US Senators Say Saudi Crown Prince ‘Involved’ in Khashoggi Murder
Post CIA briefing, Senators said they were “more convinced” about the Crown Prince’s role in Khashoggi’s murder.
Breaking with President Donald Trump, senators leaving a briefing with CIA Director Gina Haspel on Tuesday, 4 December, said they are even more convinced that Saudi crown prince Mohammed bin Salman was involved in the death of Saudi journalist Jamal Khashoggi.
Senate Foreign Relations Committee Chair Bob Corker, R-Tenn, said he believes if the crown prince was put on trial, a jury would find him guilty in "about 30 minutes."
Senator Lindsey Graham, R-SC, who demanded the briefing with Haspel, said there is "zero chance" the crown prince wasn't involved in Khashoggi's death.
“There’s not a smoking gun. There’s a smoking saw,” Graham said, referring to reports from the Turkish government that said Saudi agents used a bone saw to dismember Khashoggi after he was killed in the Saudi consulate in Istanbul.
Graham said "you have to be willfully blind" not to conclude that this was orchestrated and organised by people under the crown prince's command.
Trump has equivocated over who is to blame for the killing, frustrating senators who are now looking for ways to punish the longtime Middle East ally. The Senate overwhelmingly voted last week to move forward on a resolution curtailing US backing for the Saudi-led war in Yemen.
It's unclear whether or how that resolution will move forward. The vote last week allowed the Senate to debate the measure, which could happen as soon as next week, but senators are still in negotiations on whether to amend it and what it should say.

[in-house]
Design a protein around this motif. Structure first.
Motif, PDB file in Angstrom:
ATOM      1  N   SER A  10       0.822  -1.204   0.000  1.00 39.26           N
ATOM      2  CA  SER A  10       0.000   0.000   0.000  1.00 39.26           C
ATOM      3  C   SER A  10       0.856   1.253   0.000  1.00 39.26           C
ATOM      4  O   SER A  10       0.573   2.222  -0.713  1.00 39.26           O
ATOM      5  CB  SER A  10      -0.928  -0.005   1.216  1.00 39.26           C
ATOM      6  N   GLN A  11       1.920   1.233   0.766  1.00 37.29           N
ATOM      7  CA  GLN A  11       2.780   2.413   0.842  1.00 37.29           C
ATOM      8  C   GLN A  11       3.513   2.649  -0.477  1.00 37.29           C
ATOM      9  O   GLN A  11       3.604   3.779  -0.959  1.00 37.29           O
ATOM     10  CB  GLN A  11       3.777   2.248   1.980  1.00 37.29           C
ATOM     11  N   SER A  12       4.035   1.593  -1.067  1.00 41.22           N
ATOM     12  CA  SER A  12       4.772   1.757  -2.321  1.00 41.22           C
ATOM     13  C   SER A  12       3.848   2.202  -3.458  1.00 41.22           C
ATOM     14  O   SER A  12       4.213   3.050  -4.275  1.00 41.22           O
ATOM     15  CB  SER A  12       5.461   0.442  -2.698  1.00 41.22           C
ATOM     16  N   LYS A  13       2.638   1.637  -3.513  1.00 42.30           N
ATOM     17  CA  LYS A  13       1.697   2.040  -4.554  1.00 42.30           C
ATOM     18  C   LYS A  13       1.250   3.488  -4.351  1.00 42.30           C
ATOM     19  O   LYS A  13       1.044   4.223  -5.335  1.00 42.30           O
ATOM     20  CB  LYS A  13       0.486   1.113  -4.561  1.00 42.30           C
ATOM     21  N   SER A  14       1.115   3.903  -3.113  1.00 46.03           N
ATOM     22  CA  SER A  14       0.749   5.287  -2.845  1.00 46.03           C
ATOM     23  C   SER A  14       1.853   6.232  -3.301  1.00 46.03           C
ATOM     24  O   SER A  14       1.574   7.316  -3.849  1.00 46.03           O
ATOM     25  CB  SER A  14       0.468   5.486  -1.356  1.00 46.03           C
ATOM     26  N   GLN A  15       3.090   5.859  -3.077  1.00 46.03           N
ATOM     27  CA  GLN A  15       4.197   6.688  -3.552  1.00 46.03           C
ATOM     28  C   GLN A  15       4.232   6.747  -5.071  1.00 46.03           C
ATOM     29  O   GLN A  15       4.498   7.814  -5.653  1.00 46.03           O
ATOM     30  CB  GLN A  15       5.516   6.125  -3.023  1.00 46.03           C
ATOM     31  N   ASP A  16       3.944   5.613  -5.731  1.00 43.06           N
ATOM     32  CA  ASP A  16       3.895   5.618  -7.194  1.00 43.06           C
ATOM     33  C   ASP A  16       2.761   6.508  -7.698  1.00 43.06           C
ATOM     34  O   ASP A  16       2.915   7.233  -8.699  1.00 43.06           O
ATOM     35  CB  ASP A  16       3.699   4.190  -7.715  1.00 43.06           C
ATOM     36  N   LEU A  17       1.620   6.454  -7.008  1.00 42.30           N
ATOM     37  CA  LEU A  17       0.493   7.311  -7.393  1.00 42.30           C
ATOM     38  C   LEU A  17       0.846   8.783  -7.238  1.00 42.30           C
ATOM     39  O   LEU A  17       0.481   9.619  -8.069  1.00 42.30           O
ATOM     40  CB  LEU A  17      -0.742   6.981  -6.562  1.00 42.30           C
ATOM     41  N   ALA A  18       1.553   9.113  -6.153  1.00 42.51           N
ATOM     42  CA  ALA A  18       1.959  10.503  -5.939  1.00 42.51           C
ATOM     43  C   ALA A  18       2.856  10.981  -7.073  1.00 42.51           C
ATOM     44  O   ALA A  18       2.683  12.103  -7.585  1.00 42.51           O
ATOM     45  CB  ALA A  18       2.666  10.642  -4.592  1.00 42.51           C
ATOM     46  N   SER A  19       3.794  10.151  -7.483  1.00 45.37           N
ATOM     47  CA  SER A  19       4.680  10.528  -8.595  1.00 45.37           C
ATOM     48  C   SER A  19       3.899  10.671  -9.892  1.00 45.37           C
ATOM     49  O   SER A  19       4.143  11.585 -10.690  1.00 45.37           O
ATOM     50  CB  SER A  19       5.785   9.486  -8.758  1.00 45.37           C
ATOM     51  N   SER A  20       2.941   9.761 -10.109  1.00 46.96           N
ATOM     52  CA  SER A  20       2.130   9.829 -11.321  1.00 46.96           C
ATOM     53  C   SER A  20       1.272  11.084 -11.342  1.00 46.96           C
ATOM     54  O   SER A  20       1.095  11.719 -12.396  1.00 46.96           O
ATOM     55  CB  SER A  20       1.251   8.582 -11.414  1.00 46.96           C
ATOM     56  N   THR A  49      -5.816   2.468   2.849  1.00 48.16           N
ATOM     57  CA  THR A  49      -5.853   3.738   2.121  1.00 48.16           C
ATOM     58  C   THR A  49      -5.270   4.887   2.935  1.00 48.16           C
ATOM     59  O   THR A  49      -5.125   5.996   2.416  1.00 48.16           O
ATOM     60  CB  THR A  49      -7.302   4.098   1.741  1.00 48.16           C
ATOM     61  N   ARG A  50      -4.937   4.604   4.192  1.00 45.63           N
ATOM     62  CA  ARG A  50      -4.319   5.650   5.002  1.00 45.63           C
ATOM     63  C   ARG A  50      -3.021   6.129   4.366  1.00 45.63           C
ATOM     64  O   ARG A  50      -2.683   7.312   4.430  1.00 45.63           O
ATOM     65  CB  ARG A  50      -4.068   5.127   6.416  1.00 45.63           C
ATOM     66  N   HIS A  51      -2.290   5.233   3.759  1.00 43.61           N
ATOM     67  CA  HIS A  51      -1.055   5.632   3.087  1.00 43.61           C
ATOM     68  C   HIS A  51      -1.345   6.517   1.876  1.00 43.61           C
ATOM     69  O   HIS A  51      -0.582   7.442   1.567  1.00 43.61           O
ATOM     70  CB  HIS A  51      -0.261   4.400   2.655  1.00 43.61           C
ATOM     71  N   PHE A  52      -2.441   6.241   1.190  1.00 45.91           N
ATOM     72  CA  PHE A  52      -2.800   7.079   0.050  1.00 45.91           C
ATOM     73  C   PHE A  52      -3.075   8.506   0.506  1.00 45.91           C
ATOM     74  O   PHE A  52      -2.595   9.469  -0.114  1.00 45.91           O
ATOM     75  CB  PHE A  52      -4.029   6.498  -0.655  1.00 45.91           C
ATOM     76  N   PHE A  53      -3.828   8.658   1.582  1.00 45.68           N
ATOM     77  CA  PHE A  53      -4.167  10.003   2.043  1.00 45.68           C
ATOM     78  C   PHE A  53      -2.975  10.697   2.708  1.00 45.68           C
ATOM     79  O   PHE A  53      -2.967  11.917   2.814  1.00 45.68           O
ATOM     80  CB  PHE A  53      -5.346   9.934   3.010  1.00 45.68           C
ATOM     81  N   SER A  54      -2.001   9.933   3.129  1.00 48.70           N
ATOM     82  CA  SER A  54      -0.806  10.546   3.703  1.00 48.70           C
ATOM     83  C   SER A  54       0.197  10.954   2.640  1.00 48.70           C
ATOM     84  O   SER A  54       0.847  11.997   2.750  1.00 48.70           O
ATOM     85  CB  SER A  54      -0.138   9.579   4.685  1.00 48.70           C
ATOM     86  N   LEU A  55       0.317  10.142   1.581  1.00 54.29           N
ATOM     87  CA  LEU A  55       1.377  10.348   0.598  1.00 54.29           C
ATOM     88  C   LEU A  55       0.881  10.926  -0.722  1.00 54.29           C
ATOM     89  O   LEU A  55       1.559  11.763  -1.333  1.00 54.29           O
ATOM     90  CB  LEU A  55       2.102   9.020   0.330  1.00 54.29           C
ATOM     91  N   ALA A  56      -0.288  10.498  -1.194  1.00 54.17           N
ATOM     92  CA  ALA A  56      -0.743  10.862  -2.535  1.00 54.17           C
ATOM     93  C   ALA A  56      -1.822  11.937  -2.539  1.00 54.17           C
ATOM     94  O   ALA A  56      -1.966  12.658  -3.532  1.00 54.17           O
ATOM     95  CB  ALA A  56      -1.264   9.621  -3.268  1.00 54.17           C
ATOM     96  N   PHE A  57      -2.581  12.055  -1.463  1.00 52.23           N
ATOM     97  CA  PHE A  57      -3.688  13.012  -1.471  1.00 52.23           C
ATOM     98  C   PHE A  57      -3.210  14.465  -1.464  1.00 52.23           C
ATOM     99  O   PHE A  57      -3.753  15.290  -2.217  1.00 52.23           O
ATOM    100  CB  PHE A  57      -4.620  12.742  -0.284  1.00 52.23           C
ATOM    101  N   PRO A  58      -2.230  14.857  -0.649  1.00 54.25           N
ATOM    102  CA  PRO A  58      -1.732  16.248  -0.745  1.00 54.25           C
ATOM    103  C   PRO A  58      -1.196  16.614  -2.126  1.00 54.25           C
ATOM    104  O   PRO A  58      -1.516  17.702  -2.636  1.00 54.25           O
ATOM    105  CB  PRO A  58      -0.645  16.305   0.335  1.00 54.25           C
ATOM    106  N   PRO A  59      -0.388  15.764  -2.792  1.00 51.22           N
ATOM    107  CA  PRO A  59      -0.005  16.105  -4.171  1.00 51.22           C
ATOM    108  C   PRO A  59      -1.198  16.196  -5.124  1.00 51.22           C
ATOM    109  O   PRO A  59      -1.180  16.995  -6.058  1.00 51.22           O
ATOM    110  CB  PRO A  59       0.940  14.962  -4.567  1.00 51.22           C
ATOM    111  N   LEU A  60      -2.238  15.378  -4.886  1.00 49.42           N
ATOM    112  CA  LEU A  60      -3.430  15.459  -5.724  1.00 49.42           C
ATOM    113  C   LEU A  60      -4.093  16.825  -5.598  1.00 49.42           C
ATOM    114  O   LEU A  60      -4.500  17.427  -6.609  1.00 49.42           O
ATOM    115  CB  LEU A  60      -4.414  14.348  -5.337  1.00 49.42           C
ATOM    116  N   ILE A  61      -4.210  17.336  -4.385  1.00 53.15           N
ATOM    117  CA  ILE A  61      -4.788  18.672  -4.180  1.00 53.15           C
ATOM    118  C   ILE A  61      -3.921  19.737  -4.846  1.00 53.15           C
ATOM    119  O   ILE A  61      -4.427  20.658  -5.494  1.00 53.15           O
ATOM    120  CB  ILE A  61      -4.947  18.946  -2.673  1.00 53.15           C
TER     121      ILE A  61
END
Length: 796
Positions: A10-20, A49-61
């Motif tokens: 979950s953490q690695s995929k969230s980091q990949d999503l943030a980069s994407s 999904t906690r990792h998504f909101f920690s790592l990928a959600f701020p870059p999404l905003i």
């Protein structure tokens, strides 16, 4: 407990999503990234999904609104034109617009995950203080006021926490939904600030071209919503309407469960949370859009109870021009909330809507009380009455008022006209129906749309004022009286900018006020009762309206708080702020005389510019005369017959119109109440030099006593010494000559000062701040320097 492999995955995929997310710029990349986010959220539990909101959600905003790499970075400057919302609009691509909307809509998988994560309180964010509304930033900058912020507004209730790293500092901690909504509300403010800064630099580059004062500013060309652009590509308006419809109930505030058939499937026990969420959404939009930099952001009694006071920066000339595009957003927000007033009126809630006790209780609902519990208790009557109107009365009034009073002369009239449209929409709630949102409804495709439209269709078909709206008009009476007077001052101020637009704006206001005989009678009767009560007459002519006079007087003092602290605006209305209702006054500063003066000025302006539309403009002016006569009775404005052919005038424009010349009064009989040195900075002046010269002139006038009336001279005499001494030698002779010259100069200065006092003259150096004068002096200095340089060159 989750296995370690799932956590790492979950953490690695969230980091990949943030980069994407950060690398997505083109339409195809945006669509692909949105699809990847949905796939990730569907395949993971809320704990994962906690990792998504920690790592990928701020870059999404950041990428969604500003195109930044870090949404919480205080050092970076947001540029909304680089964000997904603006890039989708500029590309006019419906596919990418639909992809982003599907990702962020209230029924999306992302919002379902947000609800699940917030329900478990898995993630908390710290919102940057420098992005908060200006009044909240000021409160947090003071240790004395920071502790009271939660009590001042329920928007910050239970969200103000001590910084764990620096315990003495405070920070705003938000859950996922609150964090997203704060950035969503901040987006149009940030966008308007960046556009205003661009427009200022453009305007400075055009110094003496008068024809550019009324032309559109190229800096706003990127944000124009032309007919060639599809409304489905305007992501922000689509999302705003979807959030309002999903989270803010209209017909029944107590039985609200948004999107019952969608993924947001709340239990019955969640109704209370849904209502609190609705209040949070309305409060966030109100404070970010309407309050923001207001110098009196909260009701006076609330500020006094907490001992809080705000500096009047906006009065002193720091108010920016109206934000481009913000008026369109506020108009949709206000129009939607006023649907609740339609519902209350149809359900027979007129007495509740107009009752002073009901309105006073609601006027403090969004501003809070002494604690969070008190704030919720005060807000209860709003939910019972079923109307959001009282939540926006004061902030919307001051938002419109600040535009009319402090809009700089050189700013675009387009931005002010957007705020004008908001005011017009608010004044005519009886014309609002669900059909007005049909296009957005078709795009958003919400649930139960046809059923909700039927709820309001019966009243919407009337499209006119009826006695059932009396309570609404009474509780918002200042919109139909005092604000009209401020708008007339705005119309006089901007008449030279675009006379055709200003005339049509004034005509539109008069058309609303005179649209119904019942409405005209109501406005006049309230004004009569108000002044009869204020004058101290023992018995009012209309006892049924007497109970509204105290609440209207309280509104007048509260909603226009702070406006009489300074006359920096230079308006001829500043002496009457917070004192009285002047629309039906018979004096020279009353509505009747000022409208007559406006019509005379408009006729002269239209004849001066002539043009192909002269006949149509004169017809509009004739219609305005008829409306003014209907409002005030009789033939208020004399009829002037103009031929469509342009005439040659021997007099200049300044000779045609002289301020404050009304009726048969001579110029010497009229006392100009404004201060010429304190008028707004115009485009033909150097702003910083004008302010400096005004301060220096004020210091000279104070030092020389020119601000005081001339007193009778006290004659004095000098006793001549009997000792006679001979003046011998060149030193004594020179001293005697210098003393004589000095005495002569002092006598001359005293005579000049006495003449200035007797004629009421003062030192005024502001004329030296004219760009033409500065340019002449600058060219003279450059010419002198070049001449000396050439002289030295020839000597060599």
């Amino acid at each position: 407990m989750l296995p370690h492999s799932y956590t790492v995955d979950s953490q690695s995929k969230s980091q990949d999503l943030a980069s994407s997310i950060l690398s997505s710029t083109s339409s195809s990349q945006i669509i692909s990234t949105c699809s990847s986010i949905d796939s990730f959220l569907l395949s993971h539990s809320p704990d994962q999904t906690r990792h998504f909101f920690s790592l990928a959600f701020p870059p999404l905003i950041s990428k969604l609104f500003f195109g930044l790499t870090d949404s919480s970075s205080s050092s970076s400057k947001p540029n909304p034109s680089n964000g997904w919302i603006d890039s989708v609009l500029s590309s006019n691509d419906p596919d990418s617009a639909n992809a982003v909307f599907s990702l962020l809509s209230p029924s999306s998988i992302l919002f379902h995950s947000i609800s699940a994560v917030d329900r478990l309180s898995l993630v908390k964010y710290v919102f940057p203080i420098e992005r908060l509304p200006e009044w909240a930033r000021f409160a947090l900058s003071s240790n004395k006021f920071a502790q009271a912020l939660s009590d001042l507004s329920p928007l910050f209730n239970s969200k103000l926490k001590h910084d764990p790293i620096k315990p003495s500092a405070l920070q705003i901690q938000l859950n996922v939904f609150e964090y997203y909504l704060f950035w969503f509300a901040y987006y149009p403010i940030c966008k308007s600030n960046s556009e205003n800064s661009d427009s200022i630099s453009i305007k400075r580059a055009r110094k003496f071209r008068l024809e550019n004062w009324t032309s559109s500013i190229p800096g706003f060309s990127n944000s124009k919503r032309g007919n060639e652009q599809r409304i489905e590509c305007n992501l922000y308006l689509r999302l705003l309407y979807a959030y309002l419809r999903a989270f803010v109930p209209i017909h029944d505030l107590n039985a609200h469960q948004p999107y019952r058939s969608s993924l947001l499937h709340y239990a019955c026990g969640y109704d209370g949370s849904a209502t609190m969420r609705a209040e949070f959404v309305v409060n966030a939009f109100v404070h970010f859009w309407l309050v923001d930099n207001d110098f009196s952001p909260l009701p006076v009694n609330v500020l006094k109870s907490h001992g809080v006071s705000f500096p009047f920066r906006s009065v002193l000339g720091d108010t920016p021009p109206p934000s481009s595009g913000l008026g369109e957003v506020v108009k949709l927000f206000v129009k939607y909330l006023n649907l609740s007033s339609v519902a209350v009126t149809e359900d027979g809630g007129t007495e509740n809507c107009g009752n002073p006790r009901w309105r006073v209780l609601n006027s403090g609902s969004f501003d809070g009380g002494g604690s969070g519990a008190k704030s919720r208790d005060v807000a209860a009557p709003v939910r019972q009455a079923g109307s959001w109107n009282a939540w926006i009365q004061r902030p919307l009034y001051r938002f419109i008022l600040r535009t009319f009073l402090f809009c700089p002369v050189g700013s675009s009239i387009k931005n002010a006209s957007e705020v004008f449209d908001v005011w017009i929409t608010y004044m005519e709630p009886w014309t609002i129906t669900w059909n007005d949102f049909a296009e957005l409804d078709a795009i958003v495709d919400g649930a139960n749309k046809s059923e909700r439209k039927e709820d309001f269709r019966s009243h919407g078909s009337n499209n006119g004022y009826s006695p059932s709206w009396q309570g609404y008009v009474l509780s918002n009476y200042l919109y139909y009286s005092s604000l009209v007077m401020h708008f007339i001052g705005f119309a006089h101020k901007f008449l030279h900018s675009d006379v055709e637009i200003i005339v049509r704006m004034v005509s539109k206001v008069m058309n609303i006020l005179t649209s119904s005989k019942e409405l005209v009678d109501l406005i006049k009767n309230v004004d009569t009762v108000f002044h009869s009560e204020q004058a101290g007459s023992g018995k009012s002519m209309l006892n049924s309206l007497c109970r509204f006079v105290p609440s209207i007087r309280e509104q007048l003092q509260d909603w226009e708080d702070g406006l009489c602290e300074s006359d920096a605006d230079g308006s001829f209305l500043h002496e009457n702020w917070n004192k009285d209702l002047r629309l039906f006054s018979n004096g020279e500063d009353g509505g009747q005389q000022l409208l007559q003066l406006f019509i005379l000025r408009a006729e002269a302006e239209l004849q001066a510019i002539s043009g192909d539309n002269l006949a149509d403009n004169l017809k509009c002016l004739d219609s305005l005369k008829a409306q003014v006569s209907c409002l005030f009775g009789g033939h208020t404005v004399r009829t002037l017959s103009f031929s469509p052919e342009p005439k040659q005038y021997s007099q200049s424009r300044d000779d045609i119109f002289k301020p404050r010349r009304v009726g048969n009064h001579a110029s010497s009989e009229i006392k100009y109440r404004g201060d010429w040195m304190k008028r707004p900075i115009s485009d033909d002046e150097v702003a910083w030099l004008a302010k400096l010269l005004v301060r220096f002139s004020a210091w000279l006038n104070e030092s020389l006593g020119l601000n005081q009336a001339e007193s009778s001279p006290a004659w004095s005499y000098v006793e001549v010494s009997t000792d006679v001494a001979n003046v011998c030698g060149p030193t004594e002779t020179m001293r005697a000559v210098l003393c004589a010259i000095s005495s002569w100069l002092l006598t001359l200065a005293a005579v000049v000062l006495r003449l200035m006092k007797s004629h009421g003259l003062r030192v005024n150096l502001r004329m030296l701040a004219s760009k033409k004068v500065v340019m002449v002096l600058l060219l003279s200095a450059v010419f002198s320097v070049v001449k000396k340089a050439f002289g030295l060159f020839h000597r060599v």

Haspel met with a small group of senators, including leadership and the chairpersons and top Democrats on the key national security committees, after senators in both parties complained that she didn't attend an all-Senate briefing with Secretary of State Mike Pompeo and Defense Secretary Jim Mattis last week.
Pompeo and Mattis tried to dissuade senators from punishing Saudi Arabia with the resolution, saying US involvement in the Yemen conflict is central to the Trump administration’s broader goal of containing Iranian influence in the Middle East.
The two men also echoed Trump's reluctance to blame the crown prince. Pompeo said there was "no direct reporting" connecting the crown prince to the murder, and Mattis said there was "no smoking gun" making the connection.
After that briefing, Graham threatened to withhold his vote on key legislation until he heard from Haspel. "I'm not going to blow past this," he said. That afternoon, senators frustrated with the briefing and the lack of response to Khashoggi's killing overwhelmingly voted to move forward with consideration of the Yemen resolution, 63-37.
Illinois Senator Richard Durbin said the briefing with Haspel "clearly went in to an evaluation of the intelligence" and was much more informative than the session with Mattis and Pompeo.
"I went in believing the crown prince was directly responsible or at least complicit in this and my feelings were strengthened by the information we were given," Durbin said.
Durbin joined Democratic Leader Chuck Schumer in calling for a full-Senate briefing from Haspel. "Every senator should hear what I heard this afternoon," Durbin said.
Kentucky Senator Rand Paul, a critic of Saudi Arabia, said that excluding some lawmakers is "the very definition of the deep state" and that he suspected that the Trump administration is attempting to get some lawmakers to switch their votes on the resolution by giving them information.
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